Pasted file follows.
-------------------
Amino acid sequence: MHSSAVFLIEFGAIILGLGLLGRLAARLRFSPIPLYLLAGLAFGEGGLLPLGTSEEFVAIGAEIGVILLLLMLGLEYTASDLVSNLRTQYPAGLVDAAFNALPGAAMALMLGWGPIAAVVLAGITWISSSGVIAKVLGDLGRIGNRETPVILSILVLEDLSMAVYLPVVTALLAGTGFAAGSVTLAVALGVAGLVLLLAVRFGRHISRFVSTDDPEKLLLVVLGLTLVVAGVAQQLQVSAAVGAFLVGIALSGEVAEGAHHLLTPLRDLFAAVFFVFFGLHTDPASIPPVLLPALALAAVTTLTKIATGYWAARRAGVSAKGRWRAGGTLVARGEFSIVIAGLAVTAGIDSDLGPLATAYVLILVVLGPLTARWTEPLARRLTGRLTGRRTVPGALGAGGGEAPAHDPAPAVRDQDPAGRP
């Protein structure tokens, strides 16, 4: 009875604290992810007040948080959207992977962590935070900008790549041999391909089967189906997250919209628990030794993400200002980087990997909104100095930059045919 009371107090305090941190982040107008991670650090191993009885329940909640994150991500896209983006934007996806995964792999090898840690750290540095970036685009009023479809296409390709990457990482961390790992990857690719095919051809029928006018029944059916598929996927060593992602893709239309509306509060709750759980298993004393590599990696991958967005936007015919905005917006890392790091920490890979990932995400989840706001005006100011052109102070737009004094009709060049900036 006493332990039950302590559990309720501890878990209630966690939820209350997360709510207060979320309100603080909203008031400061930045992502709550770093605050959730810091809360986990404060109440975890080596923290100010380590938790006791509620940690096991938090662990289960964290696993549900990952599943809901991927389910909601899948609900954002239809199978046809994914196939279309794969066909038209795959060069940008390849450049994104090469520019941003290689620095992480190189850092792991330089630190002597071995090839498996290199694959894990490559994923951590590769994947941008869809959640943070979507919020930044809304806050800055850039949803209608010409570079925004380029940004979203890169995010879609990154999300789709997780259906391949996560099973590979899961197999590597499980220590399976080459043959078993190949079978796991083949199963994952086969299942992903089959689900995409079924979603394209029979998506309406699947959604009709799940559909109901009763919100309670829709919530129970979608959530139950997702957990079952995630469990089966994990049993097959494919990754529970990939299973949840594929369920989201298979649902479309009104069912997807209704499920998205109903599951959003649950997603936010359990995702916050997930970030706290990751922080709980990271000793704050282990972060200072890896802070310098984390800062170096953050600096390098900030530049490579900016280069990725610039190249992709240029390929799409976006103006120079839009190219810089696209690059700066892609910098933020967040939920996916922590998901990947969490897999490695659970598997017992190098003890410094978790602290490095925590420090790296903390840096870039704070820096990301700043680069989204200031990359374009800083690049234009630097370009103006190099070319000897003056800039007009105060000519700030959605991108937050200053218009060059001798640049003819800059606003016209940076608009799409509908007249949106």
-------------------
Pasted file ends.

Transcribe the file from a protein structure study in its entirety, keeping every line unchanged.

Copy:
Amino acid sequence: MHSSAVFLIEFGAIILGLGLLGRLAARLRFSPIPLYLLAGLAFGEGGLLPLGTSEEFVAIGAEIGVILLLLMLGLEYTASDLVSNLRTQYPAGLVDAAFNALPGAAMALMLGWGPIAAVVLAGITWISSSGVIAKVLGDLGRIGNRETPVILSILVLEDLSMAVYLPVVTALLAGTGFAAGSVTLAVALGVAGLVLLLAVRFGRHISRFVSTDDPEKLLLVVLGLTLVVAGVAQQLQVSAAVGAFLVGIALSGEVAEGAHHLLTPLRDLFAAVFFVFFGLHTDPASIPPVLLPALALAAVTTLTKIATGYWAARRAGVSAKGRWRAGGTLVARGEFSIVIAGLAVTAGIDSDLGPLATAYVLILVVLGPLTARWTEPLARRLTGRLTGRRTVPGALGAGGGEAPAHDPAPAVRDQDPAGRP
């Protein structure tokens, strides 16, 4: 009875604290992810007040948080959207992977962590935070900008790549041999391909089967189906997250919209628990030794993400200002980087990997909104100095930059045919 009371107090305090941190982040107008991670650090191993009885329940909640994150991500896209983006934007996806995964792999090898840690750290540095970036685009009023479809296409390709990457990482961390790992990857690719095919051809029928006018029944059916598929996927060593992602893709239309509306509060709750759980298993004393590599990696991958967005936007015919905005917006890392790091920490890979990932995400989840706001005006100011052109102070737009004094009709060049900036 006493332990039950302590559990309720501890878990209630966690939820209350997360709510207060979320309100603080909203008031400061930045992502709550770093605050959730810091809360986990404060109440975890080596923290100010380590938790006791509620940690096991938090662990289960964290696993549900990952599943809901991927389910909601899948609900954002239809199978046809994914196939279309794969066909038209795959060069940008390849450049994104090469520019941003290689620095992480190189850092792991330089630190002597071995090839498996290199694959894990490559994923951590590769994947941008869809959640943070979507919020930044809304806050800055850039949803209608010409570079925004380029940004979203890169995010879609990154999300789709997780259906391949996560099973590979899961197999590597499980220590399976080459043959078993190949079978796991083949199963994952086969299942992903089959689900995409079924979603394209029979998506309406699947959604009709799940559909109901009763919100309670829709919530129970979608959530139950997702957990079952995630469990089966994990049993097959494919990754529970990939299973949840594929369920989201298979649902479309009104069912997807209704499920998205109903599951959003649950997603936010359990995702916050997930970030706290990751922080709980990271000793704050282990972060200072890896802070310098984390800062170096953050600096390098900030530049490579900016280069990725610039190249992709240029390929799409976006103006120079839009190219810089696209690059700066892609910098933020967040939920996916922590998901990947969490897999490695659970598997017992190098003890410094978790602290490095925590420090790296903390840096870039704070820096990301700043680069989204200031990359374009800083690049234009630097370009103006190099070319000897003056800039007009105060000519700030959605991108937050200053218009060059001798640049003819800059606003016209940076608009799409509908007249949106």